‘Just in Time: The Final Recording’ by Buddy Rich Review: He Kept Pushing to the End
A previously unreleased concert, taped less than six months before Rich’s death, reveals his ability to propel a band and drive it relentlessly forward.
Dec. 10, 2019 4:20 pm ET
In Buddy Rich’s lifetime, perhaps the legendary drummer’s most listened-to performance was his 1967 version of “Love For Sale.” It’s a number he revisits on an excellent new release, “Just in Time: The Final Recording” (Gearbox Records) a previously unreleased concert from Ronnie Scott’s in London, taped less than six months before his death in 1987 at age 69. Jazz musicians, other percussionists especially, were astonished by Rich’s ability to propel a band and drive it relentlessly forward, and to make his presence felt without even taking a drum solo. But by the time of his centennial in 2017, the Rich recording that most people knew, much more so than any of his actual music, was the infamous “bus tapes” (recorded in the early 1980s by Lee Musiker, his pianist at the time), in which the bandleader vehemently curses out his entire band, not only for what he felt was an subpar performance but because, ridiculous as it sounds, a few of them sported facial hair. The tape-recorded rant, which was famously quoted on “Seinfeld,” has given Rich an infamy that far overshadows his playing.
In his final two decades—the ones in which he most successfully led his own touring orchestra—Rich (who is also the subject of a new biography, “One of a Kind” by Swedish author Pelle Berglund ) was a highly sought-after guest on TV talk shows at least as much for his caustic, salty personality as for his musical skill. And the chief objects of his derision were rock and country music. In Rich’s colorful, antagonistic language, they were played by amateurs and listened to by morons. (His most-quoted line was, “If you don’t have ability, you wind up playing in a rock band.”)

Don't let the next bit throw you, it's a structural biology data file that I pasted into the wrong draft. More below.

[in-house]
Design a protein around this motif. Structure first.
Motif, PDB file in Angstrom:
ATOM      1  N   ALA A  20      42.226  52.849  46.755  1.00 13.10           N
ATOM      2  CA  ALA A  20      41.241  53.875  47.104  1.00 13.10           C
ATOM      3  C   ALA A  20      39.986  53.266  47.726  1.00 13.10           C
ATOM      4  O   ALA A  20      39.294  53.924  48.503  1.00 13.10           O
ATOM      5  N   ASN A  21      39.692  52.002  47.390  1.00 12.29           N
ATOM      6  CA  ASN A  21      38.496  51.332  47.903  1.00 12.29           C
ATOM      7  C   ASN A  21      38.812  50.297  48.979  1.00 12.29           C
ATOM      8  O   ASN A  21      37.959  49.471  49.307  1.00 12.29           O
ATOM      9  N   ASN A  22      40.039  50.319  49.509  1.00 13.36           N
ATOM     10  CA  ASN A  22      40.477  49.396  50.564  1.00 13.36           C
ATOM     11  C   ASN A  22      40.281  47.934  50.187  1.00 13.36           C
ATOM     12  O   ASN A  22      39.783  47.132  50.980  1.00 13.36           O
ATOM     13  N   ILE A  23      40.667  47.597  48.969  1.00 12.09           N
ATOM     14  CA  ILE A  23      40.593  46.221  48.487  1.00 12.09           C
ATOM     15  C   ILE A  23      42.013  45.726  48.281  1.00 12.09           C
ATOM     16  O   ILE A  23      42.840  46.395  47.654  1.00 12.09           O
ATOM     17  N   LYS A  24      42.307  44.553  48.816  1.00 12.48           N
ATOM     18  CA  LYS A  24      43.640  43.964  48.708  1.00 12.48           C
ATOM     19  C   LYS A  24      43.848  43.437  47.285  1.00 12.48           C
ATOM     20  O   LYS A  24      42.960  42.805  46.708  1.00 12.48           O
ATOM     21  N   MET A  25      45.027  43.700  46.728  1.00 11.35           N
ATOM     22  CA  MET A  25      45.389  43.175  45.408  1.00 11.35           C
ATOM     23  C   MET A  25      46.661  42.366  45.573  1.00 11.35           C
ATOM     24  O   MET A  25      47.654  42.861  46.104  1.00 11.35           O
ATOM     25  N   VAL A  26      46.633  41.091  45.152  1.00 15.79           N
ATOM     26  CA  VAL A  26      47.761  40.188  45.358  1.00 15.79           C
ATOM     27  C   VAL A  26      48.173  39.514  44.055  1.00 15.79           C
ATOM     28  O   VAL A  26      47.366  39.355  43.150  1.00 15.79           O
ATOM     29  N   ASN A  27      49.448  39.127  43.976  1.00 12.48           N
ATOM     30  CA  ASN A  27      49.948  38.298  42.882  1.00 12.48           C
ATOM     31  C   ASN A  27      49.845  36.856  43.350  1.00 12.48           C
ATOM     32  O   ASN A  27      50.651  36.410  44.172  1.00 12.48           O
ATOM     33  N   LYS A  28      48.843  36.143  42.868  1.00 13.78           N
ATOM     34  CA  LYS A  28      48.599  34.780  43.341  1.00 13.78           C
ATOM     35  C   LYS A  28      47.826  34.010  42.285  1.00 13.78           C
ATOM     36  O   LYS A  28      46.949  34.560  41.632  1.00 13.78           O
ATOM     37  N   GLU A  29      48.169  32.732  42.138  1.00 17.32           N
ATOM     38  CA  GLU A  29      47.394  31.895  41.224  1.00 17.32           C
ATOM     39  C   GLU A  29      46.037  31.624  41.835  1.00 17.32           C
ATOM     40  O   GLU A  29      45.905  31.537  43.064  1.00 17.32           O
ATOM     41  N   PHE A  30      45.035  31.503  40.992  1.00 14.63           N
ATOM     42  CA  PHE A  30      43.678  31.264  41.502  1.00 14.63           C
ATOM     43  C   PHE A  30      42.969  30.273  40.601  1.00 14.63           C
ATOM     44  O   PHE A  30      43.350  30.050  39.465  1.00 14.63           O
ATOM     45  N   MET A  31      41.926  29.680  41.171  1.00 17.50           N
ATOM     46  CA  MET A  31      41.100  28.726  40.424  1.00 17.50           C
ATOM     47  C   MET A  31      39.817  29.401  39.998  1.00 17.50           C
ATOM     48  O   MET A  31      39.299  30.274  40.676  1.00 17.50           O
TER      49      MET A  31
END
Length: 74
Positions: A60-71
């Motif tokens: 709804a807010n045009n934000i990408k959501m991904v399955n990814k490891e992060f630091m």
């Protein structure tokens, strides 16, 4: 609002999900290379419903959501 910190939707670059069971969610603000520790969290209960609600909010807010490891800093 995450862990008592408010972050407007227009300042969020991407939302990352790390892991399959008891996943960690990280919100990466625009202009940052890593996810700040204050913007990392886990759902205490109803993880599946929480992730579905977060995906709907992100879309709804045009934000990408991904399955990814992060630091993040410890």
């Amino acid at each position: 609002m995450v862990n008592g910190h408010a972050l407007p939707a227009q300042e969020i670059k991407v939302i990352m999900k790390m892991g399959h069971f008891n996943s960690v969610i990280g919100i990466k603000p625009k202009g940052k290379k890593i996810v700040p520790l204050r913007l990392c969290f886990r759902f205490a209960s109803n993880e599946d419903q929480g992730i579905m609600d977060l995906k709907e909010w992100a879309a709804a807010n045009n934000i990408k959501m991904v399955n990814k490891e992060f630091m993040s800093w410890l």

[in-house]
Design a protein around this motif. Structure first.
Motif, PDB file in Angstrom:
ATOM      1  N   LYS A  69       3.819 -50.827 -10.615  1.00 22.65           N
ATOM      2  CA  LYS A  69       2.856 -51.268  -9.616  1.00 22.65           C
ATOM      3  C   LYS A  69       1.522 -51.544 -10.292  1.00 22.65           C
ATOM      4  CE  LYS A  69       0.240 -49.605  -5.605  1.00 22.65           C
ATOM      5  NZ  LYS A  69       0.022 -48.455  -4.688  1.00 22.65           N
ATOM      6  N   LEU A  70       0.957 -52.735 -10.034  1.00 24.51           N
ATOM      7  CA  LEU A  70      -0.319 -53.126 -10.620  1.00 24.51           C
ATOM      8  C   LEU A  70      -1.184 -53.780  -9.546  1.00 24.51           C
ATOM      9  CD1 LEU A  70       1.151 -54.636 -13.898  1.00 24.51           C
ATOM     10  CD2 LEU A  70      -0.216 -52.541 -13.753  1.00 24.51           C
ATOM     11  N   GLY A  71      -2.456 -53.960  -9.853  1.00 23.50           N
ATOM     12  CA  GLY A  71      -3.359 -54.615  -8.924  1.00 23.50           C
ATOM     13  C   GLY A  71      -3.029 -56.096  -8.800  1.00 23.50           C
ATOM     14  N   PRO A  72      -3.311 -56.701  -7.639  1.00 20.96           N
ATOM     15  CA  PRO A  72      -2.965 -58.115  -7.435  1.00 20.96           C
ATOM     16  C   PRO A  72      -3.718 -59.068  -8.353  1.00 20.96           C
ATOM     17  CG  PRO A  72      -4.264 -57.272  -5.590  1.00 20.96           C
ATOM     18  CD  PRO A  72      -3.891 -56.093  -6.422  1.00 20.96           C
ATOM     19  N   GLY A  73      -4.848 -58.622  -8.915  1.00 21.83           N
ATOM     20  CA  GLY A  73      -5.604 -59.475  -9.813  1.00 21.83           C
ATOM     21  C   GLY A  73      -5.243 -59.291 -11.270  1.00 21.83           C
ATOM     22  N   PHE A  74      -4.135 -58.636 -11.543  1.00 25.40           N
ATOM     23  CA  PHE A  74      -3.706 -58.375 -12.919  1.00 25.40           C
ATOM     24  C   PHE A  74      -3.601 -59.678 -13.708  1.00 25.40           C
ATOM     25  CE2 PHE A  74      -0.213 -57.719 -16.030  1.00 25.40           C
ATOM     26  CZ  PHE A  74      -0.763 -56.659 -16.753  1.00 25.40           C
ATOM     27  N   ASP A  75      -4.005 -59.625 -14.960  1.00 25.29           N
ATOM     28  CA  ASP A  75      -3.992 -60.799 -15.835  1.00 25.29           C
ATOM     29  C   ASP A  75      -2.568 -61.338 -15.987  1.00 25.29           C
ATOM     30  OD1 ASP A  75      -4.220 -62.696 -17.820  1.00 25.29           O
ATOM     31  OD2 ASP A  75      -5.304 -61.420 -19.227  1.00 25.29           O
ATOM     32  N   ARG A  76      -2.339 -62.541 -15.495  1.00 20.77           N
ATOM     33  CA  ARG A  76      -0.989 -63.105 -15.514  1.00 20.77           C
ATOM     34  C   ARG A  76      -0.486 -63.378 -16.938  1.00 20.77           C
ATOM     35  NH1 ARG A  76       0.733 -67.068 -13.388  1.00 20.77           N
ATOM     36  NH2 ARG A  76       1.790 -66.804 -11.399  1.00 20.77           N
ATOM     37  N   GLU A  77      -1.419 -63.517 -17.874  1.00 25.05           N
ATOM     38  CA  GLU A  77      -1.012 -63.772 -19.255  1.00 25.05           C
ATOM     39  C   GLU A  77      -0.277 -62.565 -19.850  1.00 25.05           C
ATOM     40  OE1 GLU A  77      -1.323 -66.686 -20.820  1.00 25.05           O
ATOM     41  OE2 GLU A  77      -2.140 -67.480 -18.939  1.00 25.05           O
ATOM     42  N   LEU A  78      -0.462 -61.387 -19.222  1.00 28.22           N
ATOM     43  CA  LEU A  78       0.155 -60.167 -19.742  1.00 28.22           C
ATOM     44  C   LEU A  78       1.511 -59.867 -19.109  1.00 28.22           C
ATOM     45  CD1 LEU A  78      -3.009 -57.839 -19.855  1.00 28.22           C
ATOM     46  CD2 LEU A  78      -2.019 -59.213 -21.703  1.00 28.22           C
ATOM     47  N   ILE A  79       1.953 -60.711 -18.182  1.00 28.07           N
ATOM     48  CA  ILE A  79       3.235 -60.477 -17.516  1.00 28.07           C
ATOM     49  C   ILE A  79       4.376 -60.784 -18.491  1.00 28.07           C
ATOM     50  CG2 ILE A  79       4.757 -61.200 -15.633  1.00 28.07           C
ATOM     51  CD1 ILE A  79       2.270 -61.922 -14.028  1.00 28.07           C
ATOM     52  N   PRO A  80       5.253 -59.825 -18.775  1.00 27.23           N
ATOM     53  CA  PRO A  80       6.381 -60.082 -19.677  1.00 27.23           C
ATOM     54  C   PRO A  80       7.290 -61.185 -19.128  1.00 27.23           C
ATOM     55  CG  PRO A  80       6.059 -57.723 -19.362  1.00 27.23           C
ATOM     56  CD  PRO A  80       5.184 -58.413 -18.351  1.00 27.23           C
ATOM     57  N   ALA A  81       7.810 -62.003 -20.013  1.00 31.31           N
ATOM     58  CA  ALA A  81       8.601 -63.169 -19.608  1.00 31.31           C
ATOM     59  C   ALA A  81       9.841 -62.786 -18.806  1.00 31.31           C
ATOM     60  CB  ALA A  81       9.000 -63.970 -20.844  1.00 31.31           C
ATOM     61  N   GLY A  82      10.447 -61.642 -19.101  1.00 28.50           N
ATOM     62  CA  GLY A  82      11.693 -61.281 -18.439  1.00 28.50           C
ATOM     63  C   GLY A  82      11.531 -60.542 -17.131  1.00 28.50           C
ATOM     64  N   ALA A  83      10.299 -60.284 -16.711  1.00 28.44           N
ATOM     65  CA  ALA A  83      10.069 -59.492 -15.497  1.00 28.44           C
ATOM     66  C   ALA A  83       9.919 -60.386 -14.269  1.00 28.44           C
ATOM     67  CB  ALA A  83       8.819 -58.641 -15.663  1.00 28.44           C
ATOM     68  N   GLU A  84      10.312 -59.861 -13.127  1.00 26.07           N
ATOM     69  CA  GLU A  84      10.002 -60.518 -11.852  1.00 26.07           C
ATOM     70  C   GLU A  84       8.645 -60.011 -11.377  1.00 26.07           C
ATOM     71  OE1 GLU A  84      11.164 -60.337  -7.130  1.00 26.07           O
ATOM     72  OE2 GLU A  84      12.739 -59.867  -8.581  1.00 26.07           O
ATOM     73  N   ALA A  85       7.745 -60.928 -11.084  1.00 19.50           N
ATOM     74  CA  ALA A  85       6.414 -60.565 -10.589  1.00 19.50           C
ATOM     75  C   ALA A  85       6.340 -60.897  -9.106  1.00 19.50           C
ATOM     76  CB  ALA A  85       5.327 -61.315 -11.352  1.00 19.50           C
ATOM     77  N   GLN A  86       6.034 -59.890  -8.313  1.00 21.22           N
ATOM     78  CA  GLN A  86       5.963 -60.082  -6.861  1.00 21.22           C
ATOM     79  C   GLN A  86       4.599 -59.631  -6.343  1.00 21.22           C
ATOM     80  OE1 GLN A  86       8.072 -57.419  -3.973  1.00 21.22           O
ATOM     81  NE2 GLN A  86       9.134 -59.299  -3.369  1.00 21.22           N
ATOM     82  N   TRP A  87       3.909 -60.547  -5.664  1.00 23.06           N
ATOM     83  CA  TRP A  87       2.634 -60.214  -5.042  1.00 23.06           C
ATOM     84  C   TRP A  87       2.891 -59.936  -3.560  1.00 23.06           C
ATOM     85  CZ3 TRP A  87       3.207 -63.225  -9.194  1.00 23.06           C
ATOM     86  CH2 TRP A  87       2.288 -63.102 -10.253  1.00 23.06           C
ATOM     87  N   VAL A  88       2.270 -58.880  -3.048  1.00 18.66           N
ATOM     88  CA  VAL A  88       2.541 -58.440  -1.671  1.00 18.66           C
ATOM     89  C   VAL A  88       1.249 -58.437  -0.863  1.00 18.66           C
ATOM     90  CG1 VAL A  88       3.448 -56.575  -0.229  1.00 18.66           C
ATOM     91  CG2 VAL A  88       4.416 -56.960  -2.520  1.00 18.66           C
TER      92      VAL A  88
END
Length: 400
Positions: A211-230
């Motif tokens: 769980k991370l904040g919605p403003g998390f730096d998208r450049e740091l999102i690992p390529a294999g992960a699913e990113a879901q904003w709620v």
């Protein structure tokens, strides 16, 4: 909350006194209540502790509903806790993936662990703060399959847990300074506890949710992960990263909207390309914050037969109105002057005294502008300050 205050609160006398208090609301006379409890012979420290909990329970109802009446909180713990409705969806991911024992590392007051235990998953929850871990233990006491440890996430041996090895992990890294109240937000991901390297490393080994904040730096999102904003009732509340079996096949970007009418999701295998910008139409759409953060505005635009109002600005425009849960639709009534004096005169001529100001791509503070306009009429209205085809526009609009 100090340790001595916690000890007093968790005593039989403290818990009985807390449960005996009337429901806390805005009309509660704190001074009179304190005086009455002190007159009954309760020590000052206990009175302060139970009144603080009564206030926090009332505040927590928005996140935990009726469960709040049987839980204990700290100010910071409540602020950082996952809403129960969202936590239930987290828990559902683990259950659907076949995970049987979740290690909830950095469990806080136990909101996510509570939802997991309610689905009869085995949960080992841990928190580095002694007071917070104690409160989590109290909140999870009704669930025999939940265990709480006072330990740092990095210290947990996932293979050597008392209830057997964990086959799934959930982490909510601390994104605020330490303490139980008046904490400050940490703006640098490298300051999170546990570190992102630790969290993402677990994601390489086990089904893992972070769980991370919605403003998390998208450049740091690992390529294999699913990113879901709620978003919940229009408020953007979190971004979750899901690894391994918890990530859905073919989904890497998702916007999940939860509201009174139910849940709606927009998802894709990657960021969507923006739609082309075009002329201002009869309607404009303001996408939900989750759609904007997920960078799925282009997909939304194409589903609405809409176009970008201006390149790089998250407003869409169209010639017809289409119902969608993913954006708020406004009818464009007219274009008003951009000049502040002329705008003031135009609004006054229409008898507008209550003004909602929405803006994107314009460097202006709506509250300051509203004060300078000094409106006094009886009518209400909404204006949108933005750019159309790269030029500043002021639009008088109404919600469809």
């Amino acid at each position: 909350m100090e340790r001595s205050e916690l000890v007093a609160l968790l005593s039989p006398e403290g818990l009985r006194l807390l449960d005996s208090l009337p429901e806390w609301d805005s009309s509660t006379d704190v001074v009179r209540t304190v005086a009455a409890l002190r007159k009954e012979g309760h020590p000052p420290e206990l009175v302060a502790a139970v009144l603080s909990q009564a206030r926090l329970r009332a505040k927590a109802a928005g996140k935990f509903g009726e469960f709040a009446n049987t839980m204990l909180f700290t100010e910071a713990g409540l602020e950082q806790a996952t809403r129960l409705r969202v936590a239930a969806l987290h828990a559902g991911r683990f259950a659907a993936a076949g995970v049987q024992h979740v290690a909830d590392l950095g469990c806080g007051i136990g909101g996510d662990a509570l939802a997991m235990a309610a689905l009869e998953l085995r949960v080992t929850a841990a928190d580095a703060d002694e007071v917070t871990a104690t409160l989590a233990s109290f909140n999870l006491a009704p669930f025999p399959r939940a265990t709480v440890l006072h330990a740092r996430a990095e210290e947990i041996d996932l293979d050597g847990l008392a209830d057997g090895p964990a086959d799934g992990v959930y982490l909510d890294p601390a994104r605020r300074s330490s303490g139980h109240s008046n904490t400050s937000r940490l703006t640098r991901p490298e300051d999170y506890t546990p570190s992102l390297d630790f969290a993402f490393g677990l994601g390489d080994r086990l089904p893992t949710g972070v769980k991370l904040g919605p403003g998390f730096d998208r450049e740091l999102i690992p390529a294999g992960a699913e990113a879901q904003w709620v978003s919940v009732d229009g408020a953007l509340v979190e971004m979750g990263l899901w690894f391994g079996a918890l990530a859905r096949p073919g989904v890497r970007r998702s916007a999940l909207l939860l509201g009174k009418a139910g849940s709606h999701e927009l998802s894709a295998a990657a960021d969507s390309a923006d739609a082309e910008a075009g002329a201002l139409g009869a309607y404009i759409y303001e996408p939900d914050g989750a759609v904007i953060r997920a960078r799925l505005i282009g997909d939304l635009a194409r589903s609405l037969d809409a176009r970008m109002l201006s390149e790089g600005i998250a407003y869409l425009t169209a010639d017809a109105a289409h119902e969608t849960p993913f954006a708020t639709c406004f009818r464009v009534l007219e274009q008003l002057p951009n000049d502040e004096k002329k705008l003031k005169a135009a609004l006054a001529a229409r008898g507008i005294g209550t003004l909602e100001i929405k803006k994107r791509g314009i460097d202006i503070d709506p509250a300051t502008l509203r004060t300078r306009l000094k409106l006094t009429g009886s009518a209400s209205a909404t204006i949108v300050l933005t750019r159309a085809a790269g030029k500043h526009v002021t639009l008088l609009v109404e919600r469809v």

The ironic thing about such statements (and YouTube is full of them) is that Rich might have actually liked rock more than he was willing to admit. There’s an undeniable rock influence in his highly successful big band of the 1970s and ’80s that is abundantly clear in the new album. Here was an orchestra that moved with a rhythmic momentum comparable to Duke Ellington and Count Basie at their best, yet there was none of the whimsy or lightheartedness of other jazz ensembles. Its music had a lot more in common, attitude-wise, with a heavy-metal band. Never warm or sentimental, its playing had a hard, rock-like edge that paralleled the antisocial, antagonistic stance of the leader himself. Take “The Trolley Song”: When Judy Garland sings it, it’s a fun and frivolous show-type tune about young love. As Rich plays it, it’s all lean and mean, like a locomotive speeding to its destination at a furious pace. Even the band’s few waltzes, like Freddie Hubbard’s more characteristically capricious “Up Jumped Spring,” are aggressive in the extreme.
The centerpiece of the concert is “Good News” (which, alas, is only included on the “deluxe” editions of the LP and CD and the streaming version), an extended work by saxophonist Bob Mintzer. This band had played several such pieces before, including Bill Reddie’s “Channel One Suite,” and two concert-style medleys based on classic works of musical theater, “West Side Story” (also arranged by Reddie) and “Porgy and Bess” (heard on the new album). At 31 minutes, “Good News” is the longest and most ambitious of them all. It’s virtually an entire album unto itself, with many different sections, yet the blues section doesn’t sound like, say, Basie’s traditional swing band playing the blues. And the slower passages sound more like stadium rock “power ballads” than like the love songs of Ellington or other jazz artists. There’s an extended drum solo, but the bulk of the solo space is given to Steve Marcus, the outstanding saxophonist who was the primary horn soloist in the Rich band for roughly a dozen years before the leader’s death.
More than anything, “Good News” seems to have been informed by the longer, more ambitious works by the so-called progressive rock bands of the 1970s and ’80s, such as “Tarkus,” the 1971 album by Emerson, Lake & Palmer.
Even with the leader less than six months away from his death, the band is pushing itself to its limits, and everything it plays is overflowing with energy and dynamics. Buddy Rich may have inspired his mostly very young charges as much by browbeating them verbally as by his own playing, but the results speak for themselves.
—Mr. Friedwald writes about music and popular culture for the Journal.
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